01 November 2011

Halloween in Barcelona

We really thought Halloween was like American football and peanut butter – something beloved at home that never really caught on in Europe. But the pumpkin seed seems to have been planted in Spain and, here in Barcelona, the holiday has gained some popularity. This isn’t to say that trick-or-treaters were knocking on doors for croquettes. There was simply a nice peppering of festivity throughout the city on Halloween and the night before.
The first signs appeared in obvious forms – stag parties roving the streets in costumes, international students in flamenco dresses, a Happy Halloween banner hanging from the doorway of “Fish&Chips.” But it definitely reached beyond the expat scene. Little kids wore FC Barcelona uniforms and Scream masks. One girl struggled not to trip on her oversized sweater, an orange and block horizontal stripe number of her mother’s. Paired, of course, with a fedora and Freddie Krueger claws.
There was a plastic pumpkin here, a cotton cobweb draped there, a line of wrinkling jack-o-lanterns lined up on a balcony. These pumpkins grinned from a market stand. Without the pop-up costume shops, convenience store candy displays and masquerade party sitcom plots, Halloween feels a lot more simple. You can celebrate if you want or just go about your day without anyone judging you for your lack of interest.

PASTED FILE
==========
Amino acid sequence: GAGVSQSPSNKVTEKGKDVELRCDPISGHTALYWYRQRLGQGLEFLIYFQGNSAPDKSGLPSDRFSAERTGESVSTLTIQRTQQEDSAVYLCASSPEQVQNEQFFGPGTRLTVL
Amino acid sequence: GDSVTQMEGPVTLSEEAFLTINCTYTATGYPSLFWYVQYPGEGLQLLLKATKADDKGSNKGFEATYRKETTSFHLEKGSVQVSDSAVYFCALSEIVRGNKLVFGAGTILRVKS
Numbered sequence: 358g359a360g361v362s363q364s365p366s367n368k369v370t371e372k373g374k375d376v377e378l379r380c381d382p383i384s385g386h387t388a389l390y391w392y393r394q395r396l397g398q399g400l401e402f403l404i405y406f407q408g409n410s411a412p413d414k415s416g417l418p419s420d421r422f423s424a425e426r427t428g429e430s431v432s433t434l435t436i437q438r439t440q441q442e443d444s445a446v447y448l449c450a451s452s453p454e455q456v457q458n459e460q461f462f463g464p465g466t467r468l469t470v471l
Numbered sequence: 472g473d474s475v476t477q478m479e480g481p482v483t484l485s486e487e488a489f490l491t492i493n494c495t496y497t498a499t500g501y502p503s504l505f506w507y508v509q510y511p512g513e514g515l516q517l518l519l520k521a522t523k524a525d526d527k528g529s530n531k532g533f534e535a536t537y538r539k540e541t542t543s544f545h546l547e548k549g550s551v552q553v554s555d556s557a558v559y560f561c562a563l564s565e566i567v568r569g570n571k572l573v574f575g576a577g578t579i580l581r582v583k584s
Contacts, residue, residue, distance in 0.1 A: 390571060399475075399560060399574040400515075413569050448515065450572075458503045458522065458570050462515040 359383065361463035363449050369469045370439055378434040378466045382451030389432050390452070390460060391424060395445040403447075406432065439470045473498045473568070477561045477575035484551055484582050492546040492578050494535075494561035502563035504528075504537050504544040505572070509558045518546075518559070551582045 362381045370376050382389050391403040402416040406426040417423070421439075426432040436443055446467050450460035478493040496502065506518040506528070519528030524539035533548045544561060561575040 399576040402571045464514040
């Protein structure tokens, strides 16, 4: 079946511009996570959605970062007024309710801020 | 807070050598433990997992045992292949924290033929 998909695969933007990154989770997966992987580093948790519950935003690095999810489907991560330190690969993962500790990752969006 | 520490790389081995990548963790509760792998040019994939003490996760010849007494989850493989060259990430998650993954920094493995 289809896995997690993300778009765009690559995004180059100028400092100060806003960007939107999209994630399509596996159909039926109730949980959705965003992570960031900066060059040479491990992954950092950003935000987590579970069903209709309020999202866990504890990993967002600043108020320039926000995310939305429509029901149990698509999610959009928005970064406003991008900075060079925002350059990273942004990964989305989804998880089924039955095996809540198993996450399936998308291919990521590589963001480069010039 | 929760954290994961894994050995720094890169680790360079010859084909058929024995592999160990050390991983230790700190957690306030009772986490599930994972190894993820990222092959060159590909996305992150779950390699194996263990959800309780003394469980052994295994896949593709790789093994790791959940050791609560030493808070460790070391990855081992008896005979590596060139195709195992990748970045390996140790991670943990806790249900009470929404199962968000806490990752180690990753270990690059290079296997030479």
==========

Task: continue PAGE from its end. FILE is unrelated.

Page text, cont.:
So what is Halloween at its most basic level? Scary of course! Costumes were more ghoulish than witty, more bloody than skin-baring. The most idea-oriented thing we saw was a group of teenage boys dressed as comic book samurai, complete with absurdly oversized swords and cartoonish wigs. Most people, though, were just going for dead or undead look. All of the zombie homages may be a little nod to the more widely celebrated Day of the Dead (November 1st).
Day Light Savings ended on the Saturday night before Halloween, giving everyone an extra hour to party it up. This bar was still being decorated when we arrived at around 10pm. Things get started really late here. People began to stream in, none in costume, most excited to order the themed drink of the night: absinthe. The bartender took great pains to get it all right, but no one really seemed to care, preferring to mingle than watch the chemistry of it all. It’s just something about that liquor’s goblin green color and borderline mythic history and edge of danger that just screams Halloween. For me, the candy bowl set out on the corner was a truer badge of authenticity.

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